The global shortage of semiconductors is now becoming a glut

The global shortage of semiconductors seems to have officially “squeezed out” the other way and, as such, become a glut. Yes, you read that rightthere is now a glut of semiconductors from major manufacturers, according to a new report from Caixin.

Names like Taiwan Semiconductor Manufacturing Co (TSMC), Advanced Micro Devices Inc (AMD) and Nvidia are now facing “unsold stocks” of inventory due to falling demand and canceled orders, the report said.

This means that the years waiting for tokens seems to have officially come to an end.

Xie Ruifeng from the semiconductor industry market research institute ICwise said Caixin: “This cycle of business sentiment is reversing so quickly that chip designers were struggling to find production capacity just last year, but now they find the chips won’t sell.”

Meanwhile, demand for smartphones and PCs is declining, with global shipments of 5G smartphones expected to fall by 150 million units in 2022, the report said. Demand for 5G chips will also plunge by 100 million units, to 120 million units, the report said.

Caixin noted that TSMC faces significantly reduced orders:

TSMC, the world’s largest contract chipmaker, is facing reduced orders from four of its biggest customers, reflecting slowing global demand. JPMorgan Chase said in a report in early September that AMD, Nvidia, Qualcomm and MediaTek had cut chip orders with TSMC.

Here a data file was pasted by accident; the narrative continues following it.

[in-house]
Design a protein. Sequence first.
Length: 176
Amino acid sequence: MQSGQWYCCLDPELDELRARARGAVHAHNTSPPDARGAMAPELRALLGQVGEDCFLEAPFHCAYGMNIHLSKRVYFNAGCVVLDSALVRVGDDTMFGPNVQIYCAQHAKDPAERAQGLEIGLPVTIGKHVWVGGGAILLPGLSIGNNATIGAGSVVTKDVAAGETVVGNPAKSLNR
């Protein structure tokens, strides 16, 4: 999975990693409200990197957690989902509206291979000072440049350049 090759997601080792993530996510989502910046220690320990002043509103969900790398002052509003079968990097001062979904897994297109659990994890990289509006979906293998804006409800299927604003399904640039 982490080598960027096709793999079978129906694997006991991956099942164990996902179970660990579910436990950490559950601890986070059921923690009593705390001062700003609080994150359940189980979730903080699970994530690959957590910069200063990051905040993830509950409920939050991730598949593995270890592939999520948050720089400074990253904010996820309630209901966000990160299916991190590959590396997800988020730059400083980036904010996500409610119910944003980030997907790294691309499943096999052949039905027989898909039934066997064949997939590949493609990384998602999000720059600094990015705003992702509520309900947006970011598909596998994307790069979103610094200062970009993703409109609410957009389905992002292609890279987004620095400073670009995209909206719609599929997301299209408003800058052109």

And names like AMD and Intel are also suffering from slowing demand:

Other semiconductor companies are also facing tough conditions. AMD lowered its revenue forecast for the third quarter, citing a significant weakening in the PC market. Intel, Nvidia and Micron Technology all posted moderate outlooks.

In the first half of 2022, macroeconomic headwinds and a number of “black swan” factors combined to depress demand for consumer electronics, with smartphones and PCs bearing the brunt. Micron predicted that global PC shipments will decline by 10% to 20% in 2022, while the global smartphone market will decline by less than 10%.

And manufacturers are dealing with “six months of inventory” they built up following the 2021 shortage… and once optimistic demand forecasts. This was, of course, at a time when free money was being handed out to “combat” the pandemic. Now, with tighter monetary policy globally, it should come as no surprise that demand is falling.

Mr. Sravan Kundojjala, Associate Director of Smartphone Component Technology Services at Strategy Analytics, confirmed that current supplies held in stock by companies could last until mid-2023 at current demand levels.

Still, it looks like all the massive new infrastructure projects undertaken by companies like Intel and TSMC in the aftermath of last year’s shortage will go ahead. Semiconductor Manufacturing International Corp (SMIC) Co-General Manager Zhao Haijun told Caixin: “We won’t change o


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